Australia's government on Sunday defended its response to China's courtship of nearby Solomon Islands which culminated in a security pact, ahead of a general election next month where it had hoped to highlight its national security credentials.
Defence Minister Peter Dutton in a television interview attributed China's success to an uneven playing field involving tactics with which no Australian government could compete.
The pact, announced earlier this month, is seen as a major inroad for China in the resource-rich Pacific, where the United States has long been the dominant influence along with allies Australia and New Zealand.
China has said the pact will help the Solomon Islands maintain social order and cope with natural disasters and humanitarian relief. It said it poses no risk to the U.S., while the Solomon Islands said it will not undermine regional peace.
Still, the U.S. has said it would respond accordingly to any Chinese military presence in the region, while critics of Prime Minister Scott Morrison have called the pact Australia's biggest diplomatic failure in the Pacific since World War Two.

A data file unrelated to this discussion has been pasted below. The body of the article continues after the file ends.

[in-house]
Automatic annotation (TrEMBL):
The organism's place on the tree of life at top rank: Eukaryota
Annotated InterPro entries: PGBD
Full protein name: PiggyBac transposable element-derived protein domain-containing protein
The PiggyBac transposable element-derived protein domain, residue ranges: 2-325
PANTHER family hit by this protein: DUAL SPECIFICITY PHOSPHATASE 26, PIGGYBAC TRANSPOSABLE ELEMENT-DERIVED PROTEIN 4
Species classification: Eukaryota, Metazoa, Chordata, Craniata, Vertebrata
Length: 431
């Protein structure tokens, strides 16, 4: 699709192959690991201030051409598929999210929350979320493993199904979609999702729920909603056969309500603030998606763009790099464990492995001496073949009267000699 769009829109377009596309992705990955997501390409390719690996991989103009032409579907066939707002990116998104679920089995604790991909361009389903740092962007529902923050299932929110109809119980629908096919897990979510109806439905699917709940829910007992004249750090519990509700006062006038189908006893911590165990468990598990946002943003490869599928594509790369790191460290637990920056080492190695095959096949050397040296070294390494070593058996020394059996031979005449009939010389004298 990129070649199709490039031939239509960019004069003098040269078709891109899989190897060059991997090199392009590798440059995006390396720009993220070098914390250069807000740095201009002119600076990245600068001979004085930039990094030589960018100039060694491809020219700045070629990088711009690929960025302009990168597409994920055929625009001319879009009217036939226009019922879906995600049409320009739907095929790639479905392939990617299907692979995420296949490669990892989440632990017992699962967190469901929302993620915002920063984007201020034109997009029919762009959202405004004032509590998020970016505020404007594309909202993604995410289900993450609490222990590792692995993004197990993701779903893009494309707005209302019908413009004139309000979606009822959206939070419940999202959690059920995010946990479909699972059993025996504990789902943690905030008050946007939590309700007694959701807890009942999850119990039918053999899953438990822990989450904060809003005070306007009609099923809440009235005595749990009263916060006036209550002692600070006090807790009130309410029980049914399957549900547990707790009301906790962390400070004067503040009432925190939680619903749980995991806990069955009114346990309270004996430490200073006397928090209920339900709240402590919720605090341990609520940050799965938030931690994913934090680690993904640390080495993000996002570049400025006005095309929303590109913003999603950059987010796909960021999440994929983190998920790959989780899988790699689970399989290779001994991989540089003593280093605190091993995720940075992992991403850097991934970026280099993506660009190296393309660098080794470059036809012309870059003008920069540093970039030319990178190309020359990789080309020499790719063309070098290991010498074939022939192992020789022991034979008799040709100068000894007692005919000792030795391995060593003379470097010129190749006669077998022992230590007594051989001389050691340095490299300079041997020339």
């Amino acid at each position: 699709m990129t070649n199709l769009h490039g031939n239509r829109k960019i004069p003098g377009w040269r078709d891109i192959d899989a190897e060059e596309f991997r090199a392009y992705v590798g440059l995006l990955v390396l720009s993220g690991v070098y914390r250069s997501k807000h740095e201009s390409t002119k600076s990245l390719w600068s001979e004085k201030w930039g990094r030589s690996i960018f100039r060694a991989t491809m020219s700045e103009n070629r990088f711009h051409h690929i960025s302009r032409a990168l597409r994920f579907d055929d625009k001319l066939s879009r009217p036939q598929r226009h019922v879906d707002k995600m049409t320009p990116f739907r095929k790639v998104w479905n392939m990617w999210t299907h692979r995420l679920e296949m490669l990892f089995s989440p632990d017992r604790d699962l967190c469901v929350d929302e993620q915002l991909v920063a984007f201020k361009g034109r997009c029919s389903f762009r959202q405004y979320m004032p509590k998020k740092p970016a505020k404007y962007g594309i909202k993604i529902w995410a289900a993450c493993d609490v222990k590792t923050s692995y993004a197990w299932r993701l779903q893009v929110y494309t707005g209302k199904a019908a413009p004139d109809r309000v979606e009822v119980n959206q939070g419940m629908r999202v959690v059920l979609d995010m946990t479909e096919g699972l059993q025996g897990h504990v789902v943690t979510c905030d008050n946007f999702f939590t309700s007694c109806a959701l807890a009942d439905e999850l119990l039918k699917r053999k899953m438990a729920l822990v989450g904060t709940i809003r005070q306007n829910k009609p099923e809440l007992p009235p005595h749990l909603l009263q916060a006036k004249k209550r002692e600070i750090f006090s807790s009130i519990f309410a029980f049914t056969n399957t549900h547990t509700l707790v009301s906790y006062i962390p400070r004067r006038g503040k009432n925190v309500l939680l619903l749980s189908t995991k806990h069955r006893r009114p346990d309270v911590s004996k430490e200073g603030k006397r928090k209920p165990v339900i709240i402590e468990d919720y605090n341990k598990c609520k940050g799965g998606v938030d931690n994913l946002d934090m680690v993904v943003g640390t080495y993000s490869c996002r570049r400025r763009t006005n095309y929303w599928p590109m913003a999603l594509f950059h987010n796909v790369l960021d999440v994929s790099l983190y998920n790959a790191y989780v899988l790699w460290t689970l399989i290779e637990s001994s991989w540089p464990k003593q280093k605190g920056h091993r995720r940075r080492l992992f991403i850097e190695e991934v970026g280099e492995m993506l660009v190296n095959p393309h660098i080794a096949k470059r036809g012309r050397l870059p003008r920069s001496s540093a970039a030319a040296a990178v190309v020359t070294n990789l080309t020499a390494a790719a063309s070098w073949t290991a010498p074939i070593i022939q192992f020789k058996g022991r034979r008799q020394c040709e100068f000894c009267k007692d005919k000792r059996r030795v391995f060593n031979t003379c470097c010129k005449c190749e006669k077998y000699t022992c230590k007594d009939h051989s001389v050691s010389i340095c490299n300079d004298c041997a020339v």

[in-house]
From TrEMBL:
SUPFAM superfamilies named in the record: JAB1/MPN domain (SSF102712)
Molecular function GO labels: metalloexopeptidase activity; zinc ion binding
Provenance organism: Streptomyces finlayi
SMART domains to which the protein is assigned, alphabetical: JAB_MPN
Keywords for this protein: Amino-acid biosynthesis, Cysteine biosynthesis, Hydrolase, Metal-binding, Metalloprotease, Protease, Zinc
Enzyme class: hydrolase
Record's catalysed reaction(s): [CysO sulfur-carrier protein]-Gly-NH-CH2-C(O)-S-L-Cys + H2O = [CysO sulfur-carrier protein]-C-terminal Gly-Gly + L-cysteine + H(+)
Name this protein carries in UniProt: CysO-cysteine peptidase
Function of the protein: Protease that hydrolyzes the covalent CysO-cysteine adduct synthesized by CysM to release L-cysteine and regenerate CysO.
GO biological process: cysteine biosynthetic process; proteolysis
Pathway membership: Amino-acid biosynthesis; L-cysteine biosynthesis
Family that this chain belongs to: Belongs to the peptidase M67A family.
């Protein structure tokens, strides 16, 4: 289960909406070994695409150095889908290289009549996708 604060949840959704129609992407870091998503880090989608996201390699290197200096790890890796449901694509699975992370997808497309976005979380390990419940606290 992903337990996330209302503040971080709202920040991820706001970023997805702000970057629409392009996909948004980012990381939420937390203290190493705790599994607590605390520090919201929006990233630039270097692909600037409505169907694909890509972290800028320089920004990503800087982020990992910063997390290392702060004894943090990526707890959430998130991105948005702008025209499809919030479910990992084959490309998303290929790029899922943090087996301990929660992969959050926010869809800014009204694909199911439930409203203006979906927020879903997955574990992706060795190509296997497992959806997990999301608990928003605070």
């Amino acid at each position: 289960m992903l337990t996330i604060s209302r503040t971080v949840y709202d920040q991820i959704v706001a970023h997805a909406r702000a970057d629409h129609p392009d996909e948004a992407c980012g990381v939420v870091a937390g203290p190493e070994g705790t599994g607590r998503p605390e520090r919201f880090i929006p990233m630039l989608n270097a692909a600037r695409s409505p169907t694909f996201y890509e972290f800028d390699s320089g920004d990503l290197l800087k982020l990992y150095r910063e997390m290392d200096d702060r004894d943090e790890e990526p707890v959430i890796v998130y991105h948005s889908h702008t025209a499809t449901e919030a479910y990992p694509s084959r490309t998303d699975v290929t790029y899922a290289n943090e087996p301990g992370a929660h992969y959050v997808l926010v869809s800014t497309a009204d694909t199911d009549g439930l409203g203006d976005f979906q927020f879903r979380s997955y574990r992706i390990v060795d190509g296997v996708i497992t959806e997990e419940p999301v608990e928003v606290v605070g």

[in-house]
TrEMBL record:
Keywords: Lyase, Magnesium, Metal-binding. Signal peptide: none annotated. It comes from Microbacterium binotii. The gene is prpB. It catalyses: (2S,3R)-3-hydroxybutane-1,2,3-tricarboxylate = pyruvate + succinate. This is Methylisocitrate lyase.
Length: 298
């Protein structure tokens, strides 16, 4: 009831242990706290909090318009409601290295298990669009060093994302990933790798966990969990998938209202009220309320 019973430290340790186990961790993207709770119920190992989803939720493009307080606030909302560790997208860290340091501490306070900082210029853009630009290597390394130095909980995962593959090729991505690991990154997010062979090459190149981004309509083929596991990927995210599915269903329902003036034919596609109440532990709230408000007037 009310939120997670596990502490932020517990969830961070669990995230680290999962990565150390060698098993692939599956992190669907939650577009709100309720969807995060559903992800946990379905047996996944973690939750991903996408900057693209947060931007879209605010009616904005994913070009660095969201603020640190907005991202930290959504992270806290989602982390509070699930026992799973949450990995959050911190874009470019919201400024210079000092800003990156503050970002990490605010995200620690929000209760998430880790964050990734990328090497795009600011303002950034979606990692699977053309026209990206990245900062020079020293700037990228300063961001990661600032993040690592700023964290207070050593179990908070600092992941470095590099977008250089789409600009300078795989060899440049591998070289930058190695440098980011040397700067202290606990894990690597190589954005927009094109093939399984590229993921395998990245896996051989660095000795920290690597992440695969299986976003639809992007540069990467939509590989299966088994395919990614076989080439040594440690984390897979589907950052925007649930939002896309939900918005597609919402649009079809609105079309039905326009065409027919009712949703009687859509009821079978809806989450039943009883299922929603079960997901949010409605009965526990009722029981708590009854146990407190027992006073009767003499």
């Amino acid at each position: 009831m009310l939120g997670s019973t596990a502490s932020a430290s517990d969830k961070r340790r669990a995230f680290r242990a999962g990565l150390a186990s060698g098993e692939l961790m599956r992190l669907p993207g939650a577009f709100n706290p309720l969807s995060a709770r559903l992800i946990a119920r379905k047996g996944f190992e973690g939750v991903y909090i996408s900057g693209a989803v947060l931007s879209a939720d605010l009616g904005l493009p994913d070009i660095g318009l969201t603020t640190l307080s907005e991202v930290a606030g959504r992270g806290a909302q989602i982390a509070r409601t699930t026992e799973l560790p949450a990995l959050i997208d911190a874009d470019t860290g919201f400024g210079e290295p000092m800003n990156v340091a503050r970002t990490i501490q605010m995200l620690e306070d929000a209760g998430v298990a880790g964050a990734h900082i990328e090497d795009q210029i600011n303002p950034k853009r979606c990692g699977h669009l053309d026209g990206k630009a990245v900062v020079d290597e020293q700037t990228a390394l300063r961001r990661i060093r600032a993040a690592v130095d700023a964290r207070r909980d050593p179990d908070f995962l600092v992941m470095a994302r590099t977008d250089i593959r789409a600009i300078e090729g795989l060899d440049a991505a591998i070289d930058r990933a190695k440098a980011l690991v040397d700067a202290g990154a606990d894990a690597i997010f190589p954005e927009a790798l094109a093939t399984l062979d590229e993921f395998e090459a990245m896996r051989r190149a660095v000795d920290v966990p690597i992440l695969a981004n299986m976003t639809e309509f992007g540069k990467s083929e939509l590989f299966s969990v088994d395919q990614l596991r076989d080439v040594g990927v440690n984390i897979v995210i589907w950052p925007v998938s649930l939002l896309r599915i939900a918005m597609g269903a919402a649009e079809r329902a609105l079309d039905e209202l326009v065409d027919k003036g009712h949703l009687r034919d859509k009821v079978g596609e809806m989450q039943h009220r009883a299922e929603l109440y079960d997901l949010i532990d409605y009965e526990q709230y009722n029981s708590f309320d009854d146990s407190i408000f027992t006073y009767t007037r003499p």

Dutton, in an interview with Sky News, said the pact follows a pattern of China's engagement around the world.
"If you look at what's happened in Africa, there are corrupt payments being made - we could never compete with that sort of playbook," Dutton said, without providing evidence.
He said he could not comment on whether corrupt payments had been made in the Solomons case.
"China's incredibly aggressive - the acts of foreign interference, the preparedness to pay bribes to get outcomes, and to beat other countries to deals - that's the reality of the modern China."
Speaking to journalists later in the day, Morrison said China building a military base on the Solomon Islands would be a "red line" for Australia.
"Working together with our partners in New Zealand and of course the United States, I share the same red line that the United States has when it comes to these issues," ABC News quoted the prime minister as saying.
"We won't be having Chinese military naval bases in our region on our doorstep."
The embassies of China and the Solomon Islands in Canberra did not respond to requests for comment outside business hours.
Morrison looked to deflect criticism by shifting the debate to his economic policy, promising to not introduce any taxes if re-elected, and to cap government tax revenue at 23.9% of gross domestic product.
The policy also involves giving workers A$100 billion ($72.4 billion) in tax relief over the next four years.
Australians head to the polls on May 21. ($1 = 1.3816 Australian dollars) (Reporting by Praveen Menon; Editing by Christopher Cushing)